Collector unearths filling station history

Monday, June 23, 2003

ST. JOSEPH, Mo. -- In the early 1950s, oil cost 15 cents a quart, about the same price as a gallon of gasoline.

You could pull up to a filling station and literally pump your own gas, get an oil change, have a spark plug replaced and an inner tube vulcanized. People were nice, too. They liked to talk a lot. Buying gas use to be an afternoon affair, a social hour.

"People would come in, hang around the store and spin tales for hours," said 62-year-old David Hiatt, a St. Joseph resident who has collected more than 15 years worth of old porcelain gas company signs and gas pumps from the heyday of filling stations.

"That was the fun part about it, people would talk about the neighbors, their families about everything."

Hiatt worked off and on as an employee at his father, Haskell Hiatt's, Phillips 66 station in DeKalb, Mo., from the time he was 10 years old and into his late teens. His brothers did, too. He remembers hating the station because he would rather have been playing ball or swimming like a normal kid, instead of fixing flats and sweeping oil-stained concrete floors.

Fifteen years ago, things changed. Hiatt started to appreciate his childhood and his father's work ethic, and he began collecting bits from his filling station past.

His first piece was a vintage Phillips 66 sign that hung off of his second cousin's tank wagon truck, which used to distribute gasoline to his father's station and surrounding Phillips stations. Now he has more than 50 signs, 60 pumps, a giant red Mobil Pegasus (circa 1957) towering over his property and plans for more.

"He wouldn't relate to this stuff at all times were tough," Hiatt said, peering through his wire-frame glasses over his backyard display.

He looks a lot like his second cousin, Rod Hiatt, in the yellowing black and white pictures piled on top of a restored oak showcase that once displayed tire repair kits, oil bottles and spark plugs at his father's station.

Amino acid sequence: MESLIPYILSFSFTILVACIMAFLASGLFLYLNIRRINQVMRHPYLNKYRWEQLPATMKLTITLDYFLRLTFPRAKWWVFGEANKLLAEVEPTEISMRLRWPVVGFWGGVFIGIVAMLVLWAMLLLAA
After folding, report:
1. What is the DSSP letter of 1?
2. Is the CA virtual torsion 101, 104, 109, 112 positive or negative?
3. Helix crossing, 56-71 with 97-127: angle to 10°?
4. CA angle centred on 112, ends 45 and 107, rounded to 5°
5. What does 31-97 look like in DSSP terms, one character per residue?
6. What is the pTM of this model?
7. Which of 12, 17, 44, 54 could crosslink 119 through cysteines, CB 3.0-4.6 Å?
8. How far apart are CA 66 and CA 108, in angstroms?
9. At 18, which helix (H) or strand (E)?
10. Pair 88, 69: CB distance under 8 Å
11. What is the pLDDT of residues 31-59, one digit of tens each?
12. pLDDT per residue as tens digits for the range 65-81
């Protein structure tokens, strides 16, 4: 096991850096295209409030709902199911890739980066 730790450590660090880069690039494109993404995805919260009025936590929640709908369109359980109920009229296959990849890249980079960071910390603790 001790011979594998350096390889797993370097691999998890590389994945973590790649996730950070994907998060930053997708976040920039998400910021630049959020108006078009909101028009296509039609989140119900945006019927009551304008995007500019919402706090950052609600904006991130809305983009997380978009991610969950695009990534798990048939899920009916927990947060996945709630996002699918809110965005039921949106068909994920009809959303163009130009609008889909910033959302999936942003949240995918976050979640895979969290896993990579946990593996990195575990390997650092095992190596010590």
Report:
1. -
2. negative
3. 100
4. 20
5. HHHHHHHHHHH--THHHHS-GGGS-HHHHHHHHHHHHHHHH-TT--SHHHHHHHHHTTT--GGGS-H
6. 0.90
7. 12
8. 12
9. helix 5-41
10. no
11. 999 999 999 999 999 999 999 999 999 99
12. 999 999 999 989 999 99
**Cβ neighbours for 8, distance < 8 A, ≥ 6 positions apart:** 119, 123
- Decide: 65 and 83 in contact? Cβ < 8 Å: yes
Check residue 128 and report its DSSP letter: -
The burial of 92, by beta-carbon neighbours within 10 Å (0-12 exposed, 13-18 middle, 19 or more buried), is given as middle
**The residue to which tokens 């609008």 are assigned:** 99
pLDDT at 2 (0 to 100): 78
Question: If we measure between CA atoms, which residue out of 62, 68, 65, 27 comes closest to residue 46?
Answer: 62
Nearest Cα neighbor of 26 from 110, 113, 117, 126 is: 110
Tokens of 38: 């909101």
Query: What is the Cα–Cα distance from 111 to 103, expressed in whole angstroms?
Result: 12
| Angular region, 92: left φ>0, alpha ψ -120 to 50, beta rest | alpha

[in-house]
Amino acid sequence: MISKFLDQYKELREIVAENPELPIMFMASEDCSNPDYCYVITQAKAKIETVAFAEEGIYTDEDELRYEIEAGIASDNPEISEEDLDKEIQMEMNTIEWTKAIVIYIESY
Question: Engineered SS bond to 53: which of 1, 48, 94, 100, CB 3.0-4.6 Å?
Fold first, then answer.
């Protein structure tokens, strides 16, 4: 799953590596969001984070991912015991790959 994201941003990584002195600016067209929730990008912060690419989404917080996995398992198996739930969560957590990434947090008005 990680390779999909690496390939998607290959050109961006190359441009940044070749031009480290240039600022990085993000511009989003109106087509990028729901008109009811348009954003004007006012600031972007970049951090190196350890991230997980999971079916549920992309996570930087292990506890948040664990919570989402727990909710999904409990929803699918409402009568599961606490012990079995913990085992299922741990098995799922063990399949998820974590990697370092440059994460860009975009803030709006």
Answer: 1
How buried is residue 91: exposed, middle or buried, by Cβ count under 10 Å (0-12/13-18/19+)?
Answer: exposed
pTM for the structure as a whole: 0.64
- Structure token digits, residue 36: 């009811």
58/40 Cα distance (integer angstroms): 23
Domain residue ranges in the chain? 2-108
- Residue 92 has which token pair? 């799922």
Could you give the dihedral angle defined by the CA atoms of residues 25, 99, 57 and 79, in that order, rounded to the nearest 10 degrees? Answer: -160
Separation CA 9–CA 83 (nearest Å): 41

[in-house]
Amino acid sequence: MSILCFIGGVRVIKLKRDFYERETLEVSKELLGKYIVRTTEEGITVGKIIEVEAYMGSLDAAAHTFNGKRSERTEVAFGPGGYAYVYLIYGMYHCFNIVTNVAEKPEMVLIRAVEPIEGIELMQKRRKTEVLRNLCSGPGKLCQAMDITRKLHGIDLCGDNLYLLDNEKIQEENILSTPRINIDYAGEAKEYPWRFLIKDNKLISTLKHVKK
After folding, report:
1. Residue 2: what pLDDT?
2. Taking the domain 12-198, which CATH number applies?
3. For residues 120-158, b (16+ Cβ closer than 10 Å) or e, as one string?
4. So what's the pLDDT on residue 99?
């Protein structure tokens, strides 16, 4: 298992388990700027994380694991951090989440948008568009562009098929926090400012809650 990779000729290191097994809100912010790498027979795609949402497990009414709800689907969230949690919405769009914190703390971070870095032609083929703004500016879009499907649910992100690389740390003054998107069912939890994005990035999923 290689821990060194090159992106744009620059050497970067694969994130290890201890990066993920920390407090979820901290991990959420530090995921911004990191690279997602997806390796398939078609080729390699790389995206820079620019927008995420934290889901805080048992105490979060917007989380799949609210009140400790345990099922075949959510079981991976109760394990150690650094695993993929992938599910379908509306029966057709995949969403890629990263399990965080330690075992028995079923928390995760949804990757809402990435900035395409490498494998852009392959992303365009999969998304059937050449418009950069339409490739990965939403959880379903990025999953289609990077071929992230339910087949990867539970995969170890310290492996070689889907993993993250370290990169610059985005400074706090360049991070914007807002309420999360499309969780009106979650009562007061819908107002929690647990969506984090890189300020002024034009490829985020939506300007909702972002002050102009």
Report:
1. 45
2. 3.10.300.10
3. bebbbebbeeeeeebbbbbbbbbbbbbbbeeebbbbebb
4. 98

"Gas stations represent hard work. It wasn't romantic," he said. His father "passed away not ever knowing that he would one day have more money in antiques in that building than he was ever worth."

Fierce competition

In rural country towns, competition between gas stations was fierce. In DeKalb alone, Hiatt's father was competing against two other filling stations. It's no surprise, filling station history is entrenched in turmoil, starting with pinpointing exactly where the first one started up.

Some people say the first official station was built in Seattle in 1907. It belonged to Standard Oil of California, now Chevron, and consisted of a shed, a 30-gallon tank with a garden hose attached to it and served 200 customers a day.

"There's a lot of history, a lot of stories behind all this stuff," Hiatt said. "Everybody loves it."

That's not always the case, though.

Hiatt's wife, Janice, used to think he was crazy.

"I just thought he was going to bring home a few pumps, a few signs I didn't realize we were going to accumulate so much," she said. "I have nothing against it. I think there is a lot of worth to this stuff."

Hiatt says the reason old pumps have survived all this time is partly because the Environmental Protection Agency does not allow used gasoline pumps to be disposed of at trash dumps. So people saved them throughout the years in barns and back yards without a clue as to what to do with them.

On eBay, a 1940s Wayne Model 70 Texaco pump has a reserve price of $2,395 and a single original Dixie gas oil pump globe sign is at $500. Hiatt has a few items now worth thousands.

"It's nice to know that something you've been collecting for so long is worth something," he said. "But it's hard to describe the feelings I have for this stuff. I don't have the words."

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